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The public is invited to attend the dedication of a reading bench, honoring the late Hank Bruining on Friday, at 3 p.m. at the SVHEC Innovation Center, outside the Welding…
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What doesn’t get said about mining
SoVaNow.com / October 10, 2013Paid consultant Kevin Scissons recently stated that it would be ridiculous to suggest that the United States could not mine and mill uranium safely in Virginia; after all, the U.S. put a man on the moon. This is a false analogy — the issue is not only whether relatively safe uranium mining is possible, but whether it is practical. Nevertheless, it is true that mining and milling uranium in Virginia, like sending a man to the moon, would be difficult, expensive, and entail some risk. Recall that our space program has had some disasters, notably Apollo 1, Challenger and Columbia, despite a robust NASA safety budget financed by government funds.
The fact that the U.S. was able to put a man on the moon, at a cost far beyond the immediate return, says nothing about whether it is practical to mine and mill uranium in Virginia with an acceptable assurance of safety.
Scissons, a former Canadian regulator now working for Virginia Uranium’s public relations firm Capital Results, offered his opinions at a meeting of the Pittsylvania County Board of Supervisors. When asked about potential tax revenues, Scissons insisted emphatically, “I don’t crunch numbers,” explaining that he had agreed to speak in Virginia on the condition that he not talk about money.
Imagine if John F. Kennedy had asked us to join him in sending a man to the moon and back, and refused to talk about money.
In 1961, when President Kennedy proposed sending a man to the moon as an urgent need that would determine the course of history and the fate of the free world, basically, he was asking for money — a lot of money. “Let it be clear … that I am asking the Congress and the country to accept a firm commitment to a new course of action — a course which will last for many years and carry very heavy costs.”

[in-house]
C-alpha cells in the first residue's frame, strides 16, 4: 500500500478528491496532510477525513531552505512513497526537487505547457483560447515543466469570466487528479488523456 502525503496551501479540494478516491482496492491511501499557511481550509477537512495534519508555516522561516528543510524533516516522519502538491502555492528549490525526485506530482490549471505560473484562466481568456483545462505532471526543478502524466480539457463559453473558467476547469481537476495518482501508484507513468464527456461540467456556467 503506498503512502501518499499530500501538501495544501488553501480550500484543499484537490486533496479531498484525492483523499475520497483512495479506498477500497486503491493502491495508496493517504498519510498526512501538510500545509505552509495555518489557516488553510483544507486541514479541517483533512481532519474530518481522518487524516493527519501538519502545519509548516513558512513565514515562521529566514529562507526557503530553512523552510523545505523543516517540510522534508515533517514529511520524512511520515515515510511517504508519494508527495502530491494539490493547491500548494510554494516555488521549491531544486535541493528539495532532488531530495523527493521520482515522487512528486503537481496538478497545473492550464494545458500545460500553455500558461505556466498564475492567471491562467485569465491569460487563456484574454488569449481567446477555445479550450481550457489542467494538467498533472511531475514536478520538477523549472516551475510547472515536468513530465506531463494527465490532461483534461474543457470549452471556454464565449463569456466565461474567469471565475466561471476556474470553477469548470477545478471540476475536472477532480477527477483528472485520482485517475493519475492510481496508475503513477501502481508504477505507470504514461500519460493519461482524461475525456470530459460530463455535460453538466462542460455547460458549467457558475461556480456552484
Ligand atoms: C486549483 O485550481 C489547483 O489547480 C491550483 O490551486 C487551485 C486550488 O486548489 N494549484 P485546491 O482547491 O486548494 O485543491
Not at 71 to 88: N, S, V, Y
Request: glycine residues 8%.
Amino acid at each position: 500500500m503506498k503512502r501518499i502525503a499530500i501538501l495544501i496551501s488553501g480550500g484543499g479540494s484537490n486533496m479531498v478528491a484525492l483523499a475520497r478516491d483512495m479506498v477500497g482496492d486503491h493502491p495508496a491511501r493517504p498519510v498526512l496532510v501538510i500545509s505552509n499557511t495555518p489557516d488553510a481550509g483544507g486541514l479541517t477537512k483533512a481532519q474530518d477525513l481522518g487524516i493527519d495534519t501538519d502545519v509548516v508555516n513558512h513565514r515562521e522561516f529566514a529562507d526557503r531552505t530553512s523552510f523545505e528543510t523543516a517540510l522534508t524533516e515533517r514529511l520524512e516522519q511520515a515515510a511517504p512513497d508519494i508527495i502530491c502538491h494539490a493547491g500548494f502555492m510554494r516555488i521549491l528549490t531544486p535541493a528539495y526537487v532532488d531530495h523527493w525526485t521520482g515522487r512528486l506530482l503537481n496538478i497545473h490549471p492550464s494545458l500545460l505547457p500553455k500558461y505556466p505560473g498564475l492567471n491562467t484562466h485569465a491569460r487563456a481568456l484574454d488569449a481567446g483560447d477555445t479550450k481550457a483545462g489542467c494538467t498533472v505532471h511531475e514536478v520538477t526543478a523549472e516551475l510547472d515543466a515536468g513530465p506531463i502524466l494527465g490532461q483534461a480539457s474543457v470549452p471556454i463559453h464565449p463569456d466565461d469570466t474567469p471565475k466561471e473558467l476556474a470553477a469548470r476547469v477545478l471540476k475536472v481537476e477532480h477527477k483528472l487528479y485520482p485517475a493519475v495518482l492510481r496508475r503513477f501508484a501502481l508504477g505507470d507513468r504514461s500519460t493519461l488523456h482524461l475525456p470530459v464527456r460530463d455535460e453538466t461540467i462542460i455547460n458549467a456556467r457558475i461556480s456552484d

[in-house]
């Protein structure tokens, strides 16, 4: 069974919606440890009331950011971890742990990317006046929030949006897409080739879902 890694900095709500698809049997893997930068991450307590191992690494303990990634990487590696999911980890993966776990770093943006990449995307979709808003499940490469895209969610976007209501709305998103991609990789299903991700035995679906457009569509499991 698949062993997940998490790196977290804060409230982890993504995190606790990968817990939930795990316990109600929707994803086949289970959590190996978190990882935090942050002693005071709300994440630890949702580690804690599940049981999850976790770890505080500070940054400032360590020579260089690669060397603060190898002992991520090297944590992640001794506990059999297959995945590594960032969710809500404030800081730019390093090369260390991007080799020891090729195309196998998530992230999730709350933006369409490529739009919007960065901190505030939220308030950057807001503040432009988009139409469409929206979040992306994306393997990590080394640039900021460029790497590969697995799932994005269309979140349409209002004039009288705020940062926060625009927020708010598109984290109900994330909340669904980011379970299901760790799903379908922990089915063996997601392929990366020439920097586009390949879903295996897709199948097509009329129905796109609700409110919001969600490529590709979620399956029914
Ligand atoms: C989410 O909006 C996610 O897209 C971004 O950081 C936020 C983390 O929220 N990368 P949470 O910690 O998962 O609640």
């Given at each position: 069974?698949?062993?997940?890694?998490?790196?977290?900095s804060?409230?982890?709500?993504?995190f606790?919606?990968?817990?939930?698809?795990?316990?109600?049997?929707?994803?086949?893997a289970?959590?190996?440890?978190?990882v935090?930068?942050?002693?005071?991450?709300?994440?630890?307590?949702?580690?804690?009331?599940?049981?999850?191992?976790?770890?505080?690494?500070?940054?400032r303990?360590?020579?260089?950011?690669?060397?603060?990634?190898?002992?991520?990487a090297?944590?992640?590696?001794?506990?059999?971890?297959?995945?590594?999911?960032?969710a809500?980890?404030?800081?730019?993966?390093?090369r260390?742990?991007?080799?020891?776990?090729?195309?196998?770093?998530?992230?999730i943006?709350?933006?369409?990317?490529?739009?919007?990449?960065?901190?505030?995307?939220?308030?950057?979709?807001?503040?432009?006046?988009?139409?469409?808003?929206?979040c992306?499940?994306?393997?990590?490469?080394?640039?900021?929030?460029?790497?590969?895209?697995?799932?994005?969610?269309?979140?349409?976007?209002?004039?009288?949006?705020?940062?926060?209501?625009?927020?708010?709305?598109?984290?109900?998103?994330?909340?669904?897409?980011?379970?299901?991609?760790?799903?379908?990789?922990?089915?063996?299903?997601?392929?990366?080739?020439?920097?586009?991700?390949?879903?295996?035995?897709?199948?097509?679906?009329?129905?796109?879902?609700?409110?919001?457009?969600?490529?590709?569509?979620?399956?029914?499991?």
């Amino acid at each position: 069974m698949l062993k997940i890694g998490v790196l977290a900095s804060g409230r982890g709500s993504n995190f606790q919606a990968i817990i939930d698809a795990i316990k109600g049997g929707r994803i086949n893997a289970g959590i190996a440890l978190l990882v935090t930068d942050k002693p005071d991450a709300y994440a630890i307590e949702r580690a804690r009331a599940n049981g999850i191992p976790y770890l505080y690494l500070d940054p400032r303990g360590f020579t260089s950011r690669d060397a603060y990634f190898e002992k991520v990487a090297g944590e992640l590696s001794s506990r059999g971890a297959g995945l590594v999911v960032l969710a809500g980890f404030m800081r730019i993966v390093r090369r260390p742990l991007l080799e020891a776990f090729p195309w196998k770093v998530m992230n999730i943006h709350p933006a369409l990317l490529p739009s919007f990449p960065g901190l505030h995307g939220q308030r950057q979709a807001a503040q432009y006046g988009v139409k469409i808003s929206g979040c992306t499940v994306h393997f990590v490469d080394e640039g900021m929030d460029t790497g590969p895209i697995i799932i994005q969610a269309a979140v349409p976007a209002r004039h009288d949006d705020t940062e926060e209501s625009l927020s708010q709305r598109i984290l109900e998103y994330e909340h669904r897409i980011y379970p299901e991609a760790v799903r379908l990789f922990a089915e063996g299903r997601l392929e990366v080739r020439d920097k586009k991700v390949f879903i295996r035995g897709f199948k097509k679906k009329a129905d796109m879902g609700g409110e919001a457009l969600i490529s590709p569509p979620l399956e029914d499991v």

Kennedy wanted to make a powerful statement about America’s ideals and ability: cost was not a primary concern. “These are extraordinary times. And we face an extraordinary challenge. Our strength as well as our convictions have imposed upon this nation the role of leader in freedom’s cause. … It is time for this nation to take a clearly leading role in space achievement, which in many ways may hold the key to our future on earth.”
Virginia Uranium investor Henry Hurt Jr. wrote in 2008, “… Virginia Uranium is asking the Commonwealth of Virginia to conduct an independent scientific study to examine the concerns we have heard in recent weeks .... If such a study concludes that mining cannot be done safely, then the ore body will not be mined. Obviously, we believe that top independent scientists will find that properly-regulated mining is safe, and we believe the study will provide reasonable responses for those whose genuine concerns we respect.”
The National Academy of Sciences did the study — and concluded that the Commonwealth would face “steep hurdles” in creating an appropriately protective regulatory environment for uranium mining and milling. The Governor’s Uranium Working Group followed up with an outline of what it would take to attempt those hurdles.
Looking at the Uranium Working Group’s estimate of “the amount of resources and expertise that will be required to do that in a responsible and thoughtful way,” Dr. Paul Locke, chairman of the NAS study committee, advised, “Putting protective regulations into place would be a very, very, very difficult task. The UWG laid out an extensive framework — actions Virginia could take. We must do them all. If Virginia sunsets the moratorium, Virginia should oversee the uranium milling, as well as mining. To do so, Virginia would need the people, the expertise, and the coordination, in addition to both new laws and new regulations. The question in my mind is whether we, as a commonwealth, are ready to make that investment.”
Mining and milling uranium in Virginia is the reason for the existence of Virginia Uranium, Inc., which has spent millions of dollars in its six-year effort to convince citizens and legislators to accept its project. There are also risks and possible benefits for Virginia, but no question of the
Commonwealth’s continued existence.
We, too, live in extraordinary times and face extraordinary challenges. Yet, for good reason, no Jack Kennedy is suggesting that mining and milling uranium in Pittsylvania County, Virginia is the answer, or that we should embark on an all-out effort to achieve it.
Mining and milling uranium in Virginia is a high-risk venture for Virginia Uranium — and for the Commonwealth. No one can promise that it will produce economic benefits without harm to workers, the public, or the environment.
Whitehead is a native and resident of Pittsylvania County. She attended Scissons’ presentations at the September 2013 meeting of the Pittsylvania BOS and the June 2011 meeting of the NAS study committee.